9. I read this somewhere and some how felt it is true. Accepting this might take time but will make things easier for people like us who are managing a career, two kids, home and everything else in between. Don’t expect your work and life to ever perfectly balance. Because it’s all work, even the life parts. And it’s all life, even the work parts.

  10. Yes, but goddamn it, the compartments move all the time 🙂 I always get up early, but sometimes I need to work, sometimes I need to write, and sometimes I need to read. It depends. discipline, boundaries and flexibility – a precarious balance!

  11. I think it’s an ongoing challenge to get the most out if your time. You will never really get to “the perfect solution.” It’s an ongoing process of learning how to better spend you time.
    Also, priorities shift over time. One year, you might be very focused on your career, while the next year, a family member might get sick and spending time with them becomes more important. That’s why I think life is supposed to be a little “mushy” but we should try to learn ourselves better every day. Thanks for a nice post:)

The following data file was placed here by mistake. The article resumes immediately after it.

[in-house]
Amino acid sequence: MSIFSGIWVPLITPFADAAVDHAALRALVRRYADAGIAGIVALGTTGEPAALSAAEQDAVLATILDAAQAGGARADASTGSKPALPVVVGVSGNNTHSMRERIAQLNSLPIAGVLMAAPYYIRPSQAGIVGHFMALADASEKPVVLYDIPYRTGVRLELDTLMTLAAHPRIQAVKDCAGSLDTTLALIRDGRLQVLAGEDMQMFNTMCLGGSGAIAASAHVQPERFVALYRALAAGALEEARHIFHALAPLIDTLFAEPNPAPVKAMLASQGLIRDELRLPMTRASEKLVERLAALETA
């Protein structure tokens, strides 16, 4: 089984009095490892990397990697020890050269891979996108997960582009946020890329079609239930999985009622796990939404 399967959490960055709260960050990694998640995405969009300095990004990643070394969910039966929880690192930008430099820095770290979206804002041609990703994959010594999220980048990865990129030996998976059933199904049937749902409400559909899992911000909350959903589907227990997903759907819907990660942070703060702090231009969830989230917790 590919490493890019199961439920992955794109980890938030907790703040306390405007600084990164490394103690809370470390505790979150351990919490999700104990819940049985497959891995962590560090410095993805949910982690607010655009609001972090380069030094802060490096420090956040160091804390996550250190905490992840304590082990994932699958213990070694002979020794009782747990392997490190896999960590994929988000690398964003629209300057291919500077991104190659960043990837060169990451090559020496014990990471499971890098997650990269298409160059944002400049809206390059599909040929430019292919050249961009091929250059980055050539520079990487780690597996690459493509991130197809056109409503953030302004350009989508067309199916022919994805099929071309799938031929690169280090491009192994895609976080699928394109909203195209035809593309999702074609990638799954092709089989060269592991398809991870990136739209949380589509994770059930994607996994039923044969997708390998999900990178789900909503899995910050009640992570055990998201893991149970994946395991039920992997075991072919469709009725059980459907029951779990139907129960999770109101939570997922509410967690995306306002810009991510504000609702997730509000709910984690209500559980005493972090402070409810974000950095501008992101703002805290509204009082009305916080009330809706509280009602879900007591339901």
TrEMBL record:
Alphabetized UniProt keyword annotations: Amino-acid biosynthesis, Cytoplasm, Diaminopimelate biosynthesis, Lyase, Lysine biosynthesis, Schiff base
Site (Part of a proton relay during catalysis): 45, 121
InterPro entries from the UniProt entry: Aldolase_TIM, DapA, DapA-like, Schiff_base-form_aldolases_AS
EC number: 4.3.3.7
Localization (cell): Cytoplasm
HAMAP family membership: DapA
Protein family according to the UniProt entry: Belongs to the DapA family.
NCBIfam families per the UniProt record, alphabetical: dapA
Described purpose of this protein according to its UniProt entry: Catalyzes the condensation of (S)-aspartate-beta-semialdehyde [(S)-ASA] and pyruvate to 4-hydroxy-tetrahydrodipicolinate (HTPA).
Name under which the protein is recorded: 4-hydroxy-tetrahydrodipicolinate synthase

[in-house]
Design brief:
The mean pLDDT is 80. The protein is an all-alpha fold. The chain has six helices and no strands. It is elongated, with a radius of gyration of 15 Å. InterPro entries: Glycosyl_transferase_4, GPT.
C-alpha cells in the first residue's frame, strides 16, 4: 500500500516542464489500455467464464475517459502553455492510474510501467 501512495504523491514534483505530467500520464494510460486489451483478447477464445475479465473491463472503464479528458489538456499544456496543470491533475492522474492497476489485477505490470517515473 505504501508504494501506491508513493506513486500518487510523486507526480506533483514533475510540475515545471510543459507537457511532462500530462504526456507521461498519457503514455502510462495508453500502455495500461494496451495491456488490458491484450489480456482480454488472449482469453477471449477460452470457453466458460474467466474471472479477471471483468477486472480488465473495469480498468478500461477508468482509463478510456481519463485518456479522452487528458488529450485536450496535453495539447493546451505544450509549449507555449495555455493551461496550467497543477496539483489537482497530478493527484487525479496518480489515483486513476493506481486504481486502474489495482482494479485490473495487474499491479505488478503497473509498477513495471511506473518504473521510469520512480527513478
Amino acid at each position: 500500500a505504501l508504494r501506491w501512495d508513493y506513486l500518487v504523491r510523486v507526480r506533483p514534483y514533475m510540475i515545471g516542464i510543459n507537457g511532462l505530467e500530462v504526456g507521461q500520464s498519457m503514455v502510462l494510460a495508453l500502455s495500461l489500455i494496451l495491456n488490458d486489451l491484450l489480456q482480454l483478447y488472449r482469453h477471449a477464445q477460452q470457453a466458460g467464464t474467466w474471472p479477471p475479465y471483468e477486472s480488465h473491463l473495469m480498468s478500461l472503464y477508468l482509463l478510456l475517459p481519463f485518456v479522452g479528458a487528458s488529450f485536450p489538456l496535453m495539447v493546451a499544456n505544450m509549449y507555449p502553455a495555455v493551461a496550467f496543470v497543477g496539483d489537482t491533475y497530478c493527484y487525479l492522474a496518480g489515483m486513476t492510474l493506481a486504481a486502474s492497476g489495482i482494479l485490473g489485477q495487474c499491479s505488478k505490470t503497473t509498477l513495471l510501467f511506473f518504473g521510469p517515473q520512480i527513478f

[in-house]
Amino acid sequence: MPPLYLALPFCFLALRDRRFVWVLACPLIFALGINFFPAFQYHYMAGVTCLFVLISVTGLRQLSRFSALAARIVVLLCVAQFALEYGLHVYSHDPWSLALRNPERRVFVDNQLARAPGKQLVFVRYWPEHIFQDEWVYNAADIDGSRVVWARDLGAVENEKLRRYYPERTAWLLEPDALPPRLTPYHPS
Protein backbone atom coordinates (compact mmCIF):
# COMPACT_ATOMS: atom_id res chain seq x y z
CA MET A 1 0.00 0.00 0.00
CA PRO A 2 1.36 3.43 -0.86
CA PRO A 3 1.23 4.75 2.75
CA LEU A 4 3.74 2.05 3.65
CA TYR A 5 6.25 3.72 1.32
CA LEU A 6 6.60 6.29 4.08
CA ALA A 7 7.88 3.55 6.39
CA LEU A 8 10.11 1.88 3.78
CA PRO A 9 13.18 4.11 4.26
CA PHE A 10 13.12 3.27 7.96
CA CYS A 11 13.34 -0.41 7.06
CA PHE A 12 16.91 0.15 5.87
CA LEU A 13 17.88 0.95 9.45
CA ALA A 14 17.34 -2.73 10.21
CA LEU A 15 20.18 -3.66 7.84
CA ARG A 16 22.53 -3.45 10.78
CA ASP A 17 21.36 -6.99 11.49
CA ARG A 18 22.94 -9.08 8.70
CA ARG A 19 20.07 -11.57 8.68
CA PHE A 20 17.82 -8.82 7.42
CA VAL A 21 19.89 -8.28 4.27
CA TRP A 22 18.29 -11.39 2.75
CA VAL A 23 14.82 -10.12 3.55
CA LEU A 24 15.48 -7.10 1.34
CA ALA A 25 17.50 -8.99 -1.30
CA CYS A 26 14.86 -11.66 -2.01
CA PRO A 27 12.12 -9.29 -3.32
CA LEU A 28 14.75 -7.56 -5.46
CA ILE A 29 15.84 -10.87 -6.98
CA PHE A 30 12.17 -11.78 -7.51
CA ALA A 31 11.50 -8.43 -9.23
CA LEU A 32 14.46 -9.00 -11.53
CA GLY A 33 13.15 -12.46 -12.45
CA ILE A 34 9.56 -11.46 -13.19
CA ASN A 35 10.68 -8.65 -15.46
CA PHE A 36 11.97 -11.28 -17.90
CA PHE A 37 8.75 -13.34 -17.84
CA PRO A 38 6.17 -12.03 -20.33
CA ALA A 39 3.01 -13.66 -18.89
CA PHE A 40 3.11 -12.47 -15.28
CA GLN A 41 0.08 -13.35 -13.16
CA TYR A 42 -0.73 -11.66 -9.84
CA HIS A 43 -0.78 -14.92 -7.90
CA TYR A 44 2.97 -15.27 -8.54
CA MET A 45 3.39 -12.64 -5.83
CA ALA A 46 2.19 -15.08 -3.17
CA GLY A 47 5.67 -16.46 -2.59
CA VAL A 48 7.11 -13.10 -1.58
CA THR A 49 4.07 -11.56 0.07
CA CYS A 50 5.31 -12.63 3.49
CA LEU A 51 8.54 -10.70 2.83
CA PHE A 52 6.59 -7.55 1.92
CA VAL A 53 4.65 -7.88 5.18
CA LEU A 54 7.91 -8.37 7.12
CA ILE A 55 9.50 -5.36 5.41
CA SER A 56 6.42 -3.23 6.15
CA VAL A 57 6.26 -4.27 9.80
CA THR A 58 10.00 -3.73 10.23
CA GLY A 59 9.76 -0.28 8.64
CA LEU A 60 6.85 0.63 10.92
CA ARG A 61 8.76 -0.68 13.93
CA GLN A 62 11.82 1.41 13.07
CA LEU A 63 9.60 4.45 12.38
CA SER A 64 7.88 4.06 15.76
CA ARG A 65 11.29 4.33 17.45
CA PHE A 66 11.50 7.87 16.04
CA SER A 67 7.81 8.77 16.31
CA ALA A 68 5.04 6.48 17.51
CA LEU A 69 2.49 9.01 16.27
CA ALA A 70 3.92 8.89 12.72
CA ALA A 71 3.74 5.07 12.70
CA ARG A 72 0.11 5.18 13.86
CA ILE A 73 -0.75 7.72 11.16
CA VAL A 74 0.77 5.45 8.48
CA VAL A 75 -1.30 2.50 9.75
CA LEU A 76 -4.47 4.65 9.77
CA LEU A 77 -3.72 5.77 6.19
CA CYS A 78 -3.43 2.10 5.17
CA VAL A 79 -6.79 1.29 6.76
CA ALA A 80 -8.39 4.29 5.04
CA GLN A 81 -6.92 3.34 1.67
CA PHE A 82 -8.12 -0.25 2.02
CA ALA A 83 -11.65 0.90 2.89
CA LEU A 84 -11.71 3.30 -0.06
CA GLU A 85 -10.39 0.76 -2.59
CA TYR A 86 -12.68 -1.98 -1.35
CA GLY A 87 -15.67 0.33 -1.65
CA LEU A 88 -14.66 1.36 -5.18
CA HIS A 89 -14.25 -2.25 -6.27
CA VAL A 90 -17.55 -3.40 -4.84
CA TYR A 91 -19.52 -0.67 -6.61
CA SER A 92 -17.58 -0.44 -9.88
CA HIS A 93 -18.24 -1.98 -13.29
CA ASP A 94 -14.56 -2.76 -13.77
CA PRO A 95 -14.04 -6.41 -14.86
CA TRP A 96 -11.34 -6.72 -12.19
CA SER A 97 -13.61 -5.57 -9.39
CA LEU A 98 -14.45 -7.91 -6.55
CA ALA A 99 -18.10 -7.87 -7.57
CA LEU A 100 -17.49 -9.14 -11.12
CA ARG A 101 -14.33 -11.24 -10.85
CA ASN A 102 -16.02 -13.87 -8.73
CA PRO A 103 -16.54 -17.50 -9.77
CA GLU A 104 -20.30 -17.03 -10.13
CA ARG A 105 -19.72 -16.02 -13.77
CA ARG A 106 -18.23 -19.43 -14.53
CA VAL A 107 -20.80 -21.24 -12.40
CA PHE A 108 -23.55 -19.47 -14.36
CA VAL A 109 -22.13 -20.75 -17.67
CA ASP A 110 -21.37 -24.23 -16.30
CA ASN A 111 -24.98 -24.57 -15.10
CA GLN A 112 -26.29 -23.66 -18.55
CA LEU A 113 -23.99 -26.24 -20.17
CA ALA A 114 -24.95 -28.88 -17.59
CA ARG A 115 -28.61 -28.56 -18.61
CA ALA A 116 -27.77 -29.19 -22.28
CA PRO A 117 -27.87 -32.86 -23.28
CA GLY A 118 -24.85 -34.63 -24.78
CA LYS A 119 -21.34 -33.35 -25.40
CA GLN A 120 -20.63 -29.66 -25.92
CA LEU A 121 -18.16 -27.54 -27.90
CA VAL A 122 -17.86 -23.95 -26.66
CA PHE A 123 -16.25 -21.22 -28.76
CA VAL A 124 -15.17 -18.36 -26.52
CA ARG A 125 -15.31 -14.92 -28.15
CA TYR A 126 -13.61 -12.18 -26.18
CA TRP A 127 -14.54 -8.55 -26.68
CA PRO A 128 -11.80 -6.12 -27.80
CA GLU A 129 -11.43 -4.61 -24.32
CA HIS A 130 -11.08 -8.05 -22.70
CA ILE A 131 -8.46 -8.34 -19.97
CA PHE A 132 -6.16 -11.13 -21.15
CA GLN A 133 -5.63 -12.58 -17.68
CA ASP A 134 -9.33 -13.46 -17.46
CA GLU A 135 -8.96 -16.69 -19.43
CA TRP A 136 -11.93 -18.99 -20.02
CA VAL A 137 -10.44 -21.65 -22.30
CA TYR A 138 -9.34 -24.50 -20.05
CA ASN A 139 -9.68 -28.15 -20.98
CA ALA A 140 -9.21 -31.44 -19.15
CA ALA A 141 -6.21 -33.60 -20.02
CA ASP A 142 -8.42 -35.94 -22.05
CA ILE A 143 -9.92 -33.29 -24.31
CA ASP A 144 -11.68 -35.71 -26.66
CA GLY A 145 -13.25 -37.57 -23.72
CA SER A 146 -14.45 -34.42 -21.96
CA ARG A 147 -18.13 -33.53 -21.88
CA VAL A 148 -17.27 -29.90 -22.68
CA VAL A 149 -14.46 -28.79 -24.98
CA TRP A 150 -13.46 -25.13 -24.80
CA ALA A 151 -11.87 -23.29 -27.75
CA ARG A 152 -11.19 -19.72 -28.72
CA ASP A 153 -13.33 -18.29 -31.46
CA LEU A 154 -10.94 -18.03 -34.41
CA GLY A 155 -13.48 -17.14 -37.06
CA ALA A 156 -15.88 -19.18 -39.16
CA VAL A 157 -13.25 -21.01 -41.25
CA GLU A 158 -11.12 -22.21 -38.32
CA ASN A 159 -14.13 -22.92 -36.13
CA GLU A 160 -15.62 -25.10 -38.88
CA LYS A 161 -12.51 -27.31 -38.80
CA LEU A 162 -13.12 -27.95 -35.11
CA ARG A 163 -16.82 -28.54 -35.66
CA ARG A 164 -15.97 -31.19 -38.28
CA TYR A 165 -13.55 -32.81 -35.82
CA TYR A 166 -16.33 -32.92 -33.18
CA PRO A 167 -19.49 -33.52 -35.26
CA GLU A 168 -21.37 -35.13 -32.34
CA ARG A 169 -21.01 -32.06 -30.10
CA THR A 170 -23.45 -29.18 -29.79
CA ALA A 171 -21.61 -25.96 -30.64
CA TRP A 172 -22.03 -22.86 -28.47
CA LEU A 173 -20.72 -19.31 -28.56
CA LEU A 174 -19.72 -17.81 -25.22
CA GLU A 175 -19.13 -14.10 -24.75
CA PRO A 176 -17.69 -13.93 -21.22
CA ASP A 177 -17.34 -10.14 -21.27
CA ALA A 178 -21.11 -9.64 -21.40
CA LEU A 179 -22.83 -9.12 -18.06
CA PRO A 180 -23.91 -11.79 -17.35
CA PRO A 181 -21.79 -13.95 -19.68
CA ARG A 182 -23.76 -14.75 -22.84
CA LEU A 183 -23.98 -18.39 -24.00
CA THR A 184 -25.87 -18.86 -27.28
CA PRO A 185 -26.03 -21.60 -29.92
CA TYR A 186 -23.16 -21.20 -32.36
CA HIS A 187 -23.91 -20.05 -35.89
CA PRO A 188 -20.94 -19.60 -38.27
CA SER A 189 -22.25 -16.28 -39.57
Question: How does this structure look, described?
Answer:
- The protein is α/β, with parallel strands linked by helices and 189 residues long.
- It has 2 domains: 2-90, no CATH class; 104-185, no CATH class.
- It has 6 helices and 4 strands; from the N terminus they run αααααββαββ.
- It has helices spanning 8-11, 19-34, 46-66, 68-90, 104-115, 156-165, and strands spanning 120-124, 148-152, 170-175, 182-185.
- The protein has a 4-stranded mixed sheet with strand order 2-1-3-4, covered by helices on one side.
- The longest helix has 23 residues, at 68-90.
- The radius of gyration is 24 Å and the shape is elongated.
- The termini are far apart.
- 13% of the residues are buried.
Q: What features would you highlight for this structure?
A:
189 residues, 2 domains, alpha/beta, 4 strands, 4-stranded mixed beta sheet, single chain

12. Exactly! And sometimes, I really do need to do nothing; one thing I have learnt; acceptance. Beating myself up only gets me negative, defeated, miserable…and even less done! It is all about balance and trusting. But, that said, I’ve been stuck, totally unproductive for weeks. Time for some discipline and commitment. “I will sit here until I have written 500 words, no matter what they’re like”. Thanks for this. And in the end, keep going, don’t give up- that’s one of my mottos.

  13. There was an article recently, I forget where, that explored the idea that “balance” has become the new “perfect,” in the sense that women in particular are encouraged to strive toward balance, yet it isn’t really attainable. There will always be imbalance. The key, I think, is whether you find a way to navigate the imbalance while remaining happy and motivated. Great post!

  14. I love the word “eclectic” — it suits me and my life, my activities and my decor (if one could even call this mix decor) . . . and my friendships and reading habits, which continually surprise the librarians. It’s possible that balance, except perhaps in tai chi, is overrated.